If you'd like to learn a little more about Francine Prose, you can check out a recent interview at The Atlantic, where she talks about the book, the sadistic culture of writing workshops, and how writing and reading are ultimately endeavors of passion and pleasure and love. I would excerpt part of the interview here but the whole thing's pretty much inspiring and it's hard to pick out any one part of it. (Michael Schaub at Bookslut is better than I.) I'm counting down the days until I can read the book itself.

Friday, July 21, 2006

Pynchon Watch Y2K6 Continues

Well, there you have it: the new Pynchon book will be called Against the Day; it will be huge; it will probably be very confusing.

It will also, probably, despite best intentions, remain unread on my bookshelf for a very long time.


Thursday, July 20, 2006


While I unfortunately won't be able to make it--my Saturday is booked about six ways 'til, uh, Sunday--Gloria Ferris can suggest a few good reasons why you should attend Bloggapalooza at the Town Fryer, a street festival and fundraiser to support Meet the Bloggers. (I'm sad that I'm going to miss my chance to meet the Bloggi Lama.)

Tuesday, July 18, 2006

Yet another Stephen Dixon post; also, new literary anthology due this year

Yes, yes, another Stephen Dixon post. But this one's not by me. Andrew Palmer, Founding Co-editor of Avery (a brand new "anthology of new fiction"), mentions (over at the Avery blog) the recent publication of End of I., and then goes on to discuss Frog, Stephen Dixon's 1991 National Book Award Finalist novel. Worth reading for Andrew's well-formed opinion of Dixon's work. (Link via Metaxu Cafe.)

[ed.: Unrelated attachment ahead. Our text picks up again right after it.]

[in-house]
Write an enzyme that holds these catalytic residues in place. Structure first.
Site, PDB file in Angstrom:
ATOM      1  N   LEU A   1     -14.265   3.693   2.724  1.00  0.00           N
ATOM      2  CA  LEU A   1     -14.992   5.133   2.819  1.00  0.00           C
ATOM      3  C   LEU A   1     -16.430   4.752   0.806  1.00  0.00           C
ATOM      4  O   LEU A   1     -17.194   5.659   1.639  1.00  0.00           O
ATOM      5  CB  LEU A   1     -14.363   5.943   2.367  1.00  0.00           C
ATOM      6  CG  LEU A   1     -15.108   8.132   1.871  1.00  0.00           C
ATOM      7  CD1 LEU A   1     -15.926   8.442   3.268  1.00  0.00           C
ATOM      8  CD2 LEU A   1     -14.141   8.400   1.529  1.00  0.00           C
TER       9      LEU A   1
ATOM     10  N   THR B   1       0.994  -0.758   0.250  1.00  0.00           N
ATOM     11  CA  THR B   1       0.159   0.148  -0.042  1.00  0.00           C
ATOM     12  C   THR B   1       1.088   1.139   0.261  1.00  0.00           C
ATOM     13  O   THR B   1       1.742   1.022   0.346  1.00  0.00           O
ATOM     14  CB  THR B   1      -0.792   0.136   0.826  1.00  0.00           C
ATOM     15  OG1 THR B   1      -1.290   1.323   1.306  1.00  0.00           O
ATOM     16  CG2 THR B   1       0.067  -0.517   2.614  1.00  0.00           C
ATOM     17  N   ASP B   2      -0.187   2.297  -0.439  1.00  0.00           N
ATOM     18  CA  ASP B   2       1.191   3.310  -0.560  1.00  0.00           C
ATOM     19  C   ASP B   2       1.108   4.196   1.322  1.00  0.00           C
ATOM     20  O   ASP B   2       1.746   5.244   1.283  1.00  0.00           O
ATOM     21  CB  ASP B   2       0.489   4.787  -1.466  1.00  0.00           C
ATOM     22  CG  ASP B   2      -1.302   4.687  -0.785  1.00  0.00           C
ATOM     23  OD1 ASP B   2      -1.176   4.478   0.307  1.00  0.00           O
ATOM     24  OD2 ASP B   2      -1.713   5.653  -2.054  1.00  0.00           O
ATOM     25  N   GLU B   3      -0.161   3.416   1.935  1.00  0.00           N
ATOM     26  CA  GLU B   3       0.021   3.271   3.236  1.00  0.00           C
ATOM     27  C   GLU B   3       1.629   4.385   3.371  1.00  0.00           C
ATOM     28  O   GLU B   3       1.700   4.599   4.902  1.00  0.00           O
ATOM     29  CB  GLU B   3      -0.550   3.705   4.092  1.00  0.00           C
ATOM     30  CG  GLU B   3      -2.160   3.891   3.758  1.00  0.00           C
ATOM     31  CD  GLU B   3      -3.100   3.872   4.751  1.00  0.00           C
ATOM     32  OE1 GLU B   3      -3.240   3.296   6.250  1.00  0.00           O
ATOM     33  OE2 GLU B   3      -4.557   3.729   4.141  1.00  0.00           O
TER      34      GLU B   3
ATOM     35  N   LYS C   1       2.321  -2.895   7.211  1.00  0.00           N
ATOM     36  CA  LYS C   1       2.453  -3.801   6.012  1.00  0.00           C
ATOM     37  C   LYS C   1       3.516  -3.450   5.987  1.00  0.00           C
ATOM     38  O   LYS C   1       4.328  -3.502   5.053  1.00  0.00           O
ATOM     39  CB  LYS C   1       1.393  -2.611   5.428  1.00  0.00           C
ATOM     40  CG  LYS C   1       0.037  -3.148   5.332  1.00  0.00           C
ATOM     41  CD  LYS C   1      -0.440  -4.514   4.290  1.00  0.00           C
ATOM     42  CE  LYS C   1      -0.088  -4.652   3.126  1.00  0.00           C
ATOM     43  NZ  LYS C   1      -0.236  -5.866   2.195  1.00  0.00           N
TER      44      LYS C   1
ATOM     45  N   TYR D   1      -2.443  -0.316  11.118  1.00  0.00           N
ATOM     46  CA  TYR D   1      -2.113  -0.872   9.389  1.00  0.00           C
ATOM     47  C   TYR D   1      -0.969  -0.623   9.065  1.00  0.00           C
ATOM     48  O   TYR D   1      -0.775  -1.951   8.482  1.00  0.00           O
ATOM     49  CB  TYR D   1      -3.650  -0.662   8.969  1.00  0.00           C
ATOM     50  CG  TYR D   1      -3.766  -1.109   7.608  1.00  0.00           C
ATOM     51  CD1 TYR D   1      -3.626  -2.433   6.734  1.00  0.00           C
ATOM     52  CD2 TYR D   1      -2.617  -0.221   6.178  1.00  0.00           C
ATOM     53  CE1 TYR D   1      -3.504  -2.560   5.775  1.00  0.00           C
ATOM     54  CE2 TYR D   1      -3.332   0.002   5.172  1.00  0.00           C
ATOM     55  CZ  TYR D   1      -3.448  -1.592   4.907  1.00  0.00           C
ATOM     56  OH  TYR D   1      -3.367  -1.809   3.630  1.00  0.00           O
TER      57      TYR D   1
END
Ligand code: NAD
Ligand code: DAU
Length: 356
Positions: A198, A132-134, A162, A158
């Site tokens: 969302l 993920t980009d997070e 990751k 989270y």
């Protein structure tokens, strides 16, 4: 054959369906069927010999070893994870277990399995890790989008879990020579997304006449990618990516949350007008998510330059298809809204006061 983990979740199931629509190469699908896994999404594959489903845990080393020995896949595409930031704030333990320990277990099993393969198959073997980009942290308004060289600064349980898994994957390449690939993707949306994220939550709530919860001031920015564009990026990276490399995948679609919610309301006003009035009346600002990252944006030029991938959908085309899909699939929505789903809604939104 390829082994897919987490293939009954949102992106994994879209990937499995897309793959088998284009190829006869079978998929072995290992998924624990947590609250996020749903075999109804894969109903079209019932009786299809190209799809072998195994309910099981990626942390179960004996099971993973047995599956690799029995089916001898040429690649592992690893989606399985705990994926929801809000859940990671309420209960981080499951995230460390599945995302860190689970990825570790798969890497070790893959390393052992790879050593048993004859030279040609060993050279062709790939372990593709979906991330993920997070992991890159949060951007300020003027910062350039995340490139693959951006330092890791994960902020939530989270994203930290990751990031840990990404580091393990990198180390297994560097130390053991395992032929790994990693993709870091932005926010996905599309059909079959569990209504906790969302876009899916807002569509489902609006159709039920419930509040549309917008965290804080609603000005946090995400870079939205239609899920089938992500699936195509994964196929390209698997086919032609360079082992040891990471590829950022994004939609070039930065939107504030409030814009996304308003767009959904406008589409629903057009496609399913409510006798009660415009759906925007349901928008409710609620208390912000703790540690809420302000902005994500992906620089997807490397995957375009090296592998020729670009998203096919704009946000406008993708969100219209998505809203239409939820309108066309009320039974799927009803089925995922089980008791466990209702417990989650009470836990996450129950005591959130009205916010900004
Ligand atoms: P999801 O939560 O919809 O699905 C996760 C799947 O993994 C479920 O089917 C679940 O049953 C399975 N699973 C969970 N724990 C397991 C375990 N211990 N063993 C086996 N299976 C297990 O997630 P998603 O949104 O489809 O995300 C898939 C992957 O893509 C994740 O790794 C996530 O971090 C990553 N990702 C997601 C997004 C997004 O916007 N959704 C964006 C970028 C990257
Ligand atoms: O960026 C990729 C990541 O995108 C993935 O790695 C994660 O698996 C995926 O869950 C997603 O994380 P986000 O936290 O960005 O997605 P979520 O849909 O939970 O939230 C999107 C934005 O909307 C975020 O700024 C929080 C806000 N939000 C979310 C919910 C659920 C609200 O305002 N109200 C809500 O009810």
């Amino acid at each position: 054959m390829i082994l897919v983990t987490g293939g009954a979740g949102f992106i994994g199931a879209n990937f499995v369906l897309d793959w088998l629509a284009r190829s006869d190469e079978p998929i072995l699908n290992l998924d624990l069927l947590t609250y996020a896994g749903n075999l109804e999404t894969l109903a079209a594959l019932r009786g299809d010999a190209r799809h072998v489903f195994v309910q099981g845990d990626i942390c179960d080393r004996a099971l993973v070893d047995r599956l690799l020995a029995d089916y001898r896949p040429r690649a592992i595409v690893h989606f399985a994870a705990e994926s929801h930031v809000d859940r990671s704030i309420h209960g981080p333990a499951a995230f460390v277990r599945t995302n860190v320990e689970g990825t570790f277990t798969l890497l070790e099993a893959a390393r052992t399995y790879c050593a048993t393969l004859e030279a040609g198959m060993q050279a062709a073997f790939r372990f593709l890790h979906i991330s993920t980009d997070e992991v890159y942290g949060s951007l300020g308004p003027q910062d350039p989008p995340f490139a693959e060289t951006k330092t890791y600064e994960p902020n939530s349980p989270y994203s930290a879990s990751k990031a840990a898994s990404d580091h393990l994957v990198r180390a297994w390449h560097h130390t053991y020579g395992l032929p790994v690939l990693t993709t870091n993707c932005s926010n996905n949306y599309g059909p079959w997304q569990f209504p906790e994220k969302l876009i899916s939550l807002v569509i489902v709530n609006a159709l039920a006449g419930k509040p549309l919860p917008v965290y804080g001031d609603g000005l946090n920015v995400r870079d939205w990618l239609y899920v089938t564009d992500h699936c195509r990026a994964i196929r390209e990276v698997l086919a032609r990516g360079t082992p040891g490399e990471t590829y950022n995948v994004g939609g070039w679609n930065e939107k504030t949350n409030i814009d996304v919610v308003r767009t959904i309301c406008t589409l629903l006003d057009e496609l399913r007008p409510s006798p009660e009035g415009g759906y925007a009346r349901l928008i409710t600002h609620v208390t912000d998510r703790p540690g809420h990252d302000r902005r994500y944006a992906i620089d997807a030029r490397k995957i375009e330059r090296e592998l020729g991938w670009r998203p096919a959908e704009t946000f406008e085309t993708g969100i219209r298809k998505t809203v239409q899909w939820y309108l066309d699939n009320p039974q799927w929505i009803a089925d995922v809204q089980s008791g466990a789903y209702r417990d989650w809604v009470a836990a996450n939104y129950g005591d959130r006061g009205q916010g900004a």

What's also fascinating here is that Andrew tells us that the debut issue of Avery will feature an excerpt from Stephen Dixon's next novel, Meyer. The issue will also feature work by Ander Monson, whose book Other Electricities I rather liked. Sounds to me like a literary anthology worth looking for.

Inappropriate Punchlines for Inappropriate Times; or, Tails, a one-act play

Scene: The Internet, circa 2006

BLOGS passing the time in a place without any visible character.

One is well dressed--hats, cloaks, sticks and all.

The other is slipshod.

Each of them has a large leather bag of smarts.

THUMB DRIVES AND OVEN CLOCKS's bag is nearly empty.

CROOKED TIMBER's bag is nearly full.

CT sits. TDAOC stands.

CT: Was Foucault a closet Habermasian?


The play fades out, overtaken by dark and music.

Monday, July 17, 2006

Stephen Dixon Watch Y2OMGBBQ

A Technorati search of this blog informs me that I've dropped Stephen Dixon's name in 15 of my 368 posts. Meaning that, on average, I've mentioned Stephen Dixon once out of every 25 times I've opened up the Blogger create post window. I have no idea whether I've ever said anything interesting or intelligent or persuasive about the guy's work--that strange blogger fear of reading one's own archives prevents me from investigating the matter in-depth. But a four percent blogging batting average has to mean something, right? (Compare this number to Kazuo Ishiguro, who has come up in 26 posts, and Stephen King, who I've mentioned three times. I'm far more of an elitist snooty-lit-loving jerkface than I might like to claim I am, aren't I? Crapsticks.)